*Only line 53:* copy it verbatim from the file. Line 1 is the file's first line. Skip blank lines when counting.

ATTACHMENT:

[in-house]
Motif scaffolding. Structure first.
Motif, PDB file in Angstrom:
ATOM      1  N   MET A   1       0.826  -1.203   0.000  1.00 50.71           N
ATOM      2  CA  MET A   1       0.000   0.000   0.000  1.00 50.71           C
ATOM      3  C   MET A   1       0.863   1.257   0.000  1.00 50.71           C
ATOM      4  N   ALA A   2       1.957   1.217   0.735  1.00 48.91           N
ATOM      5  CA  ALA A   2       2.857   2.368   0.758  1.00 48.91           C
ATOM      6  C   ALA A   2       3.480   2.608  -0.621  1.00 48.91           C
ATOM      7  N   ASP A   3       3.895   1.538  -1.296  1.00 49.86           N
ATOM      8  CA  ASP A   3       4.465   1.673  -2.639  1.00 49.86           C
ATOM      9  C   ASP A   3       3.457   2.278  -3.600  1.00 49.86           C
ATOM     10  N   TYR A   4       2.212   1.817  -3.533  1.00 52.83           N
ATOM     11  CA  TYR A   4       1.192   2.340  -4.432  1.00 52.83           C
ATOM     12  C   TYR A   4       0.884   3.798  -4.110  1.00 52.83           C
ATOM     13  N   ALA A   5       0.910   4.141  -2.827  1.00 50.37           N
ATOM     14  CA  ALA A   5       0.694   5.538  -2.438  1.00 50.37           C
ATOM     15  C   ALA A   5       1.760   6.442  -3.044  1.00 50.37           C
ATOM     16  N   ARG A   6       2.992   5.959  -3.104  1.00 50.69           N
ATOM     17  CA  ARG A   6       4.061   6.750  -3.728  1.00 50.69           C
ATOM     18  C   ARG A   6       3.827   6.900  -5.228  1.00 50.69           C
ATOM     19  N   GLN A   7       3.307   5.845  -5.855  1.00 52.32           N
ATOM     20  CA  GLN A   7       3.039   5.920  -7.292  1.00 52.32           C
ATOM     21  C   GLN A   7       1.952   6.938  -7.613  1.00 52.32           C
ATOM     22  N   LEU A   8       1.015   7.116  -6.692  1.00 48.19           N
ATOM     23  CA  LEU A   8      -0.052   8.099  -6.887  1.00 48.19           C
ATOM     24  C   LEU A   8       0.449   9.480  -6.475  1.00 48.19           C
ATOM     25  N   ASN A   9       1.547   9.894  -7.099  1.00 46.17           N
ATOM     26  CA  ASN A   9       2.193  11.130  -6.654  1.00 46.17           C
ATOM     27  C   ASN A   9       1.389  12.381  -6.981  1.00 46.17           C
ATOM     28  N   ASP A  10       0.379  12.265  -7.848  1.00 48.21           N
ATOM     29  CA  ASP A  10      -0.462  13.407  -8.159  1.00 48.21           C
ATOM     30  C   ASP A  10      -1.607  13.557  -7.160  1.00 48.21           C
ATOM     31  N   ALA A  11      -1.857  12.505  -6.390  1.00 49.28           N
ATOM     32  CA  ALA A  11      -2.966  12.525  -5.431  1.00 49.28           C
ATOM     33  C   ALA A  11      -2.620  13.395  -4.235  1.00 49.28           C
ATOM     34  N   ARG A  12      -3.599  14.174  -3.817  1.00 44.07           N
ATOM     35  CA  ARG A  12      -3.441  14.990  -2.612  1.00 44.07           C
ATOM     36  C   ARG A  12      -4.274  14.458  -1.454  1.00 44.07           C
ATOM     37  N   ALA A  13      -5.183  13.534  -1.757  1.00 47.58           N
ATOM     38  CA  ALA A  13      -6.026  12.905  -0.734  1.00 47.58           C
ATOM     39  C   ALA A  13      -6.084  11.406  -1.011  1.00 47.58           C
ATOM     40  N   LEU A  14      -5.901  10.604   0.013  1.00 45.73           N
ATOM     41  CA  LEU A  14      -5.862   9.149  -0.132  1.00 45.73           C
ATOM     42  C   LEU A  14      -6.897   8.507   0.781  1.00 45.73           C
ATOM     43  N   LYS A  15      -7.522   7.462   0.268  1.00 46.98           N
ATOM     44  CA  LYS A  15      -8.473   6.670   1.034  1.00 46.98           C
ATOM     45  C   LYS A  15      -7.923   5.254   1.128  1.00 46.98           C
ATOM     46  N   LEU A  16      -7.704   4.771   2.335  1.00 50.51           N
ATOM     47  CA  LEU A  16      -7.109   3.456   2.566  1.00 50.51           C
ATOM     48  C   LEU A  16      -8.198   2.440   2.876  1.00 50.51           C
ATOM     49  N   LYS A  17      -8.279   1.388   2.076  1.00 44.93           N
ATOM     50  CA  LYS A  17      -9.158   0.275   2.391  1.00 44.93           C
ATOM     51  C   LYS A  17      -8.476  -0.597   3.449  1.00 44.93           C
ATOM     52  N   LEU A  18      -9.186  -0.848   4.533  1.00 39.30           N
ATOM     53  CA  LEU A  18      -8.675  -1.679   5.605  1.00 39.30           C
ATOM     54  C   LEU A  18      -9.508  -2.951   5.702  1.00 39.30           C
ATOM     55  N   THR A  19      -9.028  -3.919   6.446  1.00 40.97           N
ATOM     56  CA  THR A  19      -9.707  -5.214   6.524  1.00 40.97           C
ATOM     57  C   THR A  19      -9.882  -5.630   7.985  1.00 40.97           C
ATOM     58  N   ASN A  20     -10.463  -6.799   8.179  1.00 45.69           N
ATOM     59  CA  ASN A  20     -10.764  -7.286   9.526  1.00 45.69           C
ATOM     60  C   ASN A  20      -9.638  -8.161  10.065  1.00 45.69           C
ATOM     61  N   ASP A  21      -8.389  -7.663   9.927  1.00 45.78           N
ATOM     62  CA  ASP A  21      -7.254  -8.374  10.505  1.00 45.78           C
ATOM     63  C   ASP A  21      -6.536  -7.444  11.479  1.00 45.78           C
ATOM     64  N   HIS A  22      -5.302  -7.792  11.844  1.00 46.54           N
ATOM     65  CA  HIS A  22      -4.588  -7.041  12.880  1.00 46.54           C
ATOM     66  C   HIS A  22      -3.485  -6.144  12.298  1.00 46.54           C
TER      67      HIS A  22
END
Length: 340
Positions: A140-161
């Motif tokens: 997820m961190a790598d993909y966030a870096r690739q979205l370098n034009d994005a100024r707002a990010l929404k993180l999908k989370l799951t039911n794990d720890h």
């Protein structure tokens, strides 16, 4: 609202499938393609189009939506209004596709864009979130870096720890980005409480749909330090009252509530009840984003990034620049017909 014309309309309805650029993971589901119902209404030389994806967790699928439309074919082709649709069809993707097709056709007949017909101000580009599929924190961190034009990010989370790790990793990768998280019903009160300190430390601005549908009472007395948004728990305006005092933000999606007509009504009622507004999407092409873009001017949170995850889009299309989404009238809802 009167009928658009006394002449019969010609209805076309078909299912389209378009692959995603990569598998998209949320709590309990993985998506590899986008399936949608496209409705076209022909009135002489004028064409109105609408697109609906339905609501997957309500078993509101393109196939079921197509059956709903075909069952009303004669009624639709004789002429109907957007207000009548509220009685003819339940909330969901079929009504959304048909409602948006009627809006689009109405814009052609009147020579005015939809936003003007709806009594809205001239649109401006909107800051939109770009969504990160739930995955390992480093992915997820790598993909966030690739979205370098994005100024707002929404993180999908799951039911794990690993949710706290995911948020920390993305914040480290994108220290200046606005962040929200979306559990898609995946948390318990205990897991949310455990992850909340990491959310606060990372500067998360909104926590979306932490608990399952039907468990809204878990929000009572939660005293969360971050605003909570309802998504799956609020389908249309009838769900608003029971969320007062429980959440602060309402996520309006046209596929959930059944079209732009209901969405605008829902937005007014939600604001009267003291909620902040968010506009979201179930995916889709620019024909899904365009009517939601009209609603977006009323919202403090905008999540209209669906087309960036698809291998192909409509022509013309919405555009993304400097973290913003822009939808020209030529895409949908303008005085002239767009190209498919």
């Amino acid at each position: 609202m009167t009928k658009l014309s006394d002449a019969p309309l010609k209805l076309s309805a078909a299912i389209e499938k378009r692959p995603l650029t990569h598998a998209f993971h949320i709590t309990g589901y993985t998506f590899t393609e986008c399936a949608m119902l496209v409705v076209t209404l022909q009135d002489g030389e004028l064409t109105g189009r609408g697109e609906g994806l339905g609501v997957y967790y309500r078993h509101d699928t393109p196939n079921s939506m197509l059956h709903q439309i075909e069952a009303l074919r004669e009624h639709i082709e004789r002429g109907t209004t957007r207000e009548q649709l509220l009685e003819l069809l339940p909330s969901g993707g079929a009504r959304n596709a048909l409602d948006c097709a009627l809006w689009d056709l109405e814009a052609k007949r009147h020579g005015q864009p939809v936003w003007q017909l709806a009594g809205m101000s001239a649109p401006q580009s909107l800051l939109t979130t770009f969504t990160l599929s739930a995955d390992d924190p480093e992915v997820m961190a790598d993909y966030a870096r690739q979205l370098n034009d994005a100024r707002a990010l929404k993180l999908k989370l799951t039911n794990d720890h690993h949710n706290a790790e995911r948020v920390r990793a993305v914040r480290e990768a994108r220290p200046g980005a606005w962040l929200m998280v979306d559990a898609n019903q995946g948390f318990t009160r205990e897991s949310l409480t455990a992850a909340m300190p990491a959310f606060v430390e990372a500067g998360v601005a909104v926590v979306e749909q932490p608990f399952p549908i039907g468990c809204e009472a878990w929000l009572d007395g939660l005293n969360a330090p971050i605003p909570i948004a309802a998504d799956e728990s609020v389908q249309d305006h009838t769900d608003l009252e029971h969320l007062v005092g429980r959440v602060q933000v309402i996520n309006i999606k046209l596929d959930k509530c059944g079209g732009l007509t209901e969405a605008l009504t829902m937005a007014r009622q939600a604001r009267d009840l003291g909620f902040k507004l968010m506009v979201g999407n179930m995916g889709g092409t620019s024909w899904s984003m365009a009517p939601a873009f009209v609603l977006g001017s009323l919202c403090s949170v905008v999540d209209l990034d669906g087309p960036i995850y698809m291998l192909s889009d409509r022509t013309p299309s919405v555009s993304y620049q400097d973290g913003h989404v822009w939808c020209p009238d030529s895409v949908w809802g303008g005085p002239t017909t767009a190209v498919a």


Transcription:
ATOM     50  CA  LYS A  17      -9.158   0.275   2.391  1.00 44.93           C